|Place of Origin:||China|
|Model Number:||2ml:12500 IU, 5ml:25000 IU|
|Minimum Order Quantity:||10000 vials|
|Payment Terms:||L/C, T/T|
|Supply Ability:||100, 000 vials per day|
|Product:||Heparin Sodium Injection||Specification:||2ml:12500 IU, 5ml:25000 IU|
|Standard:||In - House||Packing:||10vials/box|
Heparin Sodium Injection 2ml/12500 IU 5ml/25000 IU Anticoagulant
Product : Heparin Sodium Injection
Specification : 2ml:12500 IU, 5ml:25000 IU
Standard : In - house
Packing : 10vials/box
Unfractionated heparin (UH) is a heterogenous preparation of anionic, sulfated glycosaminoglycan polymers with weights ranging from 3000 to 30,000 Da. It is a naturally occurring anticoagulant released from mast cells. It binds reversibly to antithrombin III (ATIII) and greatly accelerates the rate at which ATIII inactivates coagulation enzymes thrombin (factor IIa) and factor Xa. UH is different from low molecular weight heparin (LMWH) in the following ways: the average molecular weight of LMWH is about 4.5 kDa whereas it is 15 kDa for UH; UH requires continuous infusions; activated partial prothrombin time (aPTT) monitoring is required when using UH; and UH has a higher risk of bleeding and higher risk of osteoporosis in long term use. Unfractionated heparin is more specific than LMWH for thrombin. Furthermore, the effects of UH can typically be reversed by using protamine sulfate.
Indications and Dosages
➤➤To prevent and treat deep vein thrombosis and pulmonary embolism, to treat peripheral arterial embolism, and to prevent thromboembolism before and after cardioversion of chronic atrial fibrillation
i.v. infusion or injection
Adults. Loading: 35 to 70 units/kg or 5,000 units by injection. Then 20,000 to 40,000 units infused over 24 hr.
Children. Loading: 50 units/kg by injection. Then 100 units/kg infused every 4 hr or 20,000 units/m2 infused over 24 hr.
Adults. Initial: 10,000 units. Maintenance: 5,000 to 10,000 units every 4 to 6 hr.
Children. Initial: 50 units/kg. Maintenance: 100 units/kg/dose every 4 hr.
i.v. or subcutaneous injection
Adults. Loading: 5,000 units I.V. Then 10,000 to 20,000 units subcutaneously.
Maintenance: 8,000 to 10,000 units subcutaneously every 8 hr or 15,000 to 20,000 units subcutaneously every 12 hr.
➤➤To diagnose and treat disseminated intravascular coagulation (DIC)
i.v. infusion or injection
Adults. 50 to 100 units/kg every 4 hr. Drug may be discontinued if no improvement occurs in 4 to 8 hr.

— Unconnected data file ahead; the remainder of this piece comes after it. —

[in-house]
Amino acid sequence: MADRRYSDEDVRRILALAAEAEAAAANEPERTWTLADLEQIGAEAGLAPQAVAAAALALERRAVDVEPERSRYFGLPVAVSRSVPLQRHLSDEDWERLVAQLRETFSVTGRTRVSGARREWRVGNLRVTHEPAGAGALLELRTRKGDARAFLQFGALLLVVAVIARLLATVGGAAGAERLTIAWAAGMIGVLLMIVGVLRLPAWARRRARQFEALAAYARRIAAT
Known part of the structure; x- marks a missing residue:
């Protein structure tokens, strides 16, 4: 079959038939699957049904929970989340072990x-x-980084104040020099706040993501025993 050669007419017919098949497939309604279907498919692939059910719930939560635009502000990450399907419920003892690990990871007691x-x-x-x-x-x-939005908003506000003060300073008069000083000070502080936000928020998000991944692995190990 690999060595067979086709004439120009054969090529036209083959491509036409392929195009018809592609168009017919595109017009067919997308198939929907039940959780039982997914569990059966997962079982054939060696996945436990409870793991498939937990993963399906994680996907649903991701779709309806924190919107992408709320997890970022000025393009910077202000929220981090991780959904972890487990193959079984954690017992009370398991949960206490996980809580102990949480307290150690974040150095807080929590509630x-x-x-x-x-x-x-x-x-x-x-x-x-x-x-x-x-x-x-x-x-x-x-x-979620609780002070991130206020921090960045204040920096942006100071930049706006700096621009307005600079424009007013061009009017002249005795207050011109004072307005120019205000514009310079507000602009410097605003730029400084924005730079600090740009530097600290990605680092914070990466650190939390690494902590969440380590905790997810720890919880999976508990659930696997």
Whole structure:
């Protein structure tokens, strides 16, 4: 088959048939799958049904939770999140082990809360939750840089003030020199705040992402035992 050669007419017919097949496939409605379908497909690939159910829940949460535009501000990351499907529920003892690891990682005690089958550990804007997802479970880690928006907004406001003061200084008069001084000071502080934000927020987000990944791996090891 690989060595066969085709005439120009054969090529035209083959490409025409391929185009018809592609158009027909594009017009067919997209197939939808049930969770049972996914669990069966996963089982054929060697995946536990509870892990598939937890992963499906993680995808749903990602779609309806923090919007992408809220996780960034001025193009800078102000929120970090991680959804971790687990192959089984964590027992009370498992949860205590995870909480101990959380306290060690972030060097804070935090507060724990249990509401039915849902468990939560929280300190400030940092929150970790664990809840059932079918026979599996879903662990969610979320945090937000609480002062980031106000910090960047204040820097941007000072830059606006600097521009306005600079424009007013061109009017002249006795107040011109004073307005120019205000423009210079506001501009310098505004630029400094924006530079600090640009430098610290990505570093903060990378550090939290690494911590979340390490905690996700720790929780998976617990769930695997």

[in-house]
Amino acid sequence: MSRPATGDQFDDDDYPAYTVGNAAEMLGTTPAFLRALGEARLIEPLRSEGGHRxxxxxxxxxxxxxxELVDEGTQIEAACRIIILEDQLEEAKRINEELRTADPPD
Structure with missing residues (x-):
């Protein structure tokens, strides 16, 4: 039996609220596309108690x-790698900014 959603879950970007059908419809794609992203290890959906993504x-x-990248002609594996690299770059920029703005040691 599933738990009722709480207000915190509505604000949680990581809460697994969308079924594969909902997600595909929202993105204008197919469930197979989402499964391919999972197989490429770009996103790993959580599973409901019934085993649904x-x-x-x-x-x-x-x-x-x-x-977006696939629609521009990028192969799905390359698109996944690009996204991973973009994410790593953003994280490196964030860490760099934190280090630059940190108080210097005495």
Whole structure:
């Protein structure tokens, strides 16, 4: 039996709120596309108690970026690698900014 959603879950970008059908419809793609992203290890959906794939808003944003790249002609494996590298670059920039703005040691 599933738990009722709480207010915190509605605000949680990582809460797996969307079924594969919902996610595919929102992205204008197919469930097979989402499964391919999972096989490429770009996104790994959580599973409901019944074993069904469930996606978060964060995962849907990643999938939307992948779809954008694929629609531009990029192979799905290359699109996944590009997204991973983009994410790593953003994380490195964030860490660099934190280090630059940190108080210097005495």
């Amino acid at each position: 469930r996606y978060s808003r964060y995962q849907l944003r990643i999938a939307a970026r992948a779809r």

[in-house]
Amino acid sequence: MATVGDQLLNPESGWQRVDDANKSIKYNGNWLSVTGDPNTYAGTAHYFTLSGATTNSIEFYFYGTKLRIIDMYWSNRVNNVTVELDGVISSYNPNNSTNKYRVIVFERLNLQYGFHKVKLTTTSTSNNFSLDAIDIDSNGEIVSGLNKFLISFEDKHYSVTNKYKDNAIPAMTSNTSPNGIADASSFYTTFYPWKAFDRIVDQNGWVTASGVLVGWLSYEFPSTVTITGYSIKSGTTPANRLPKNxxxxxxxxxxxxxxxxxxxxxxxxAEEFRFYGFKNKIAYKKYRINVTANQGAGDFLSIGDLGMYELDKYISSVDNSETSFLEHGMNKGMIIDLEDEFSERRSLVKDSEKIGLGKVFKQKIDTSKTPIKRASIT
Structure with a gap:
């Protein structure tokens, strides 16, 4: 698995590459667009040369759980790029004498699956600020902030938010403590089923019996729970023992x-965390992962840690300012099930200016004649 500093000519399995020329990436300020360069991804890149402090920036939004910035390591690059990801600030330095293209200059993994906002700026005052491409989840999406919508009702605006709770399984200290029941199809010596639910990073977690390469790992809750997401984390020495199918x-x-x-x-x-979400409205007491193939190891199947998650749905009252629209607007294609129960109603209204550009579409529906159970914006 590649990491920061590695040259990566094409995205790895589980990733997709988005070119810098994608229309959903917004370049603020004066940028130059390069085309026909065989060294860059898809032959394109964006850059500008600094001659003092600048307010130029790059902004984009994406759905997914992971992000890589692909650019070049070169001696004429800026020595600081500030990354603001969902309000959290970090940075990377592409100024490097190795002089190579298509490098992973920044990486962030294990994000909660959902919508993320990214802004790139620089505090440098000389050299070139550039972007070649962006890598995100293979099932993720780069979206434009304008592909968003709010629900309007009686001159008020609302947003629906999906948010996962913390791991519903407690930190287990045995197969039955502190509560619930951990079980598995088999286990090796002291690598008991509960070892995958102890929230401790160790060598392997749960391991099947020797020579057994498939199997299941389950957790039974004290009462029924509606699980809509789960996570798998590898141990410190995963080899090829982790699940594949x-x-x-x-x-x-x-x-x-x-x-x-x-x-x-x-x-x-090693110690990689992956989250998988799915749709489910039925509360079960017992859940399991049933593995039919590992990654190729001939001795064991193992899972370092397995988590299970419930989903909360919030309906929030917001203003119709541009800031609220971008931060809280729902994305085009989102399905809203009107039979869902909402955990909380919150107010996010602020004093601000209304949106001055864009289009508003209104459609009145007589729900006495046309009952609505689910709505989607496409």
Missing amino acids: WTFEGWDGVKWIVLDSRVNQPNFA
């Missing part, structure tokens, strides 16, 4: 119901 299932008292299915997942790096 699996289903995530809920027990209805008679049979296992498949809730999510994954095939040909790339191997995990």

Children. 25 to 50 units/kg every 4 hr. Drug may be discontinued if no improvement occurs in 4 to 8 hr.
➤➤To prevent postoperative thromboembolism
Adults. 5,000 units 2 hr before surgery an then 5,000 units every 8 to 12 hr for 7 day or until patient is fully ambulatory.
➤➤To prevent clots in patients undergoing open-heart and vascular surgery
i.v. infusion or injection
Adults. 300 units/kg for procedures that last less than 60 min; 400 units/kg for procedures that last longer than 60 min Minimum: 150 units/kg.
Children. 300 units/kg for procedures that last less than 60 min. Then dosage based on coagulation test results. Minimum: 150 units/kg.
➤➤To maintain heparin lock patency
Adults. 10 to 100 units/ml heparin flush solution (enough to fill device) after each
use of device.
Route Onset Peak Duration
I.V. Immediate Minutes Unknown
SubQ 20–60 min Unknown Unknown
Unfractionated heparin is a highly acidic mucopolysaccharide formed of equal parts of sulfated D-glucosamine and D-glucuronic acid with sulfaminic bridges. The molecular weight ranges from 3000 to 30,000 daltons. Heparin is obtained from liver, lung, mast cells, and other cells of vertebrates. Heparin is a well-known and commonly used anticoagulant which has antithrombotic properties. Heparin inhibits reactions that lead to the clotting of blood and the formation of fibrin clots both in vitro and in vivo. Small amounts of heparin in combination with antithrombin III, a heparin cofactor,) can inhibit thrombosis by inactivating Factor Xa and thrombin. Once active thrombosis has developed, larger amounts of heparin can inhibit further coagulation by inactivating thrombin and preventing the conversion of fibrinogen to fibrin. Heparin also prevents the formation of a stable fibrin clot by inhibiting the activation of the fibrin stabilizing factor. Heparin prolongs several coagulation tests. Of all the coagulation tests, activated partial prothrombin time (aPTT) is the most clinically important value.
Mechanism of action
Under normal circumstances, antithrombin III (ATIII) inactivates thrombin (factor IIa) and factor Xa. This process occurs at a slow rate. Administered heparin binds reversibly to ATIII and leads to almost instantaneous inactivation of factors IIa and Xa The heparin-ATIII complex can also inactivate factors IX, XI, XII and plasmin. The mechanism of action of heparin is ATIII-dependent. It acts mainly by accelerating the rate of the neutralization of certain activated coagulation factors by antithrombin, but other mechanisms may also be involved. The antithrombotic effect of heparin is well correlated to the inhibition of factor Xa. Heparin is not a thrombolytic or fibrinolytic. It prevents progression of existing clots by inhibiting further clotting. The lysis of existing clots relies on endogenous thrombolytics.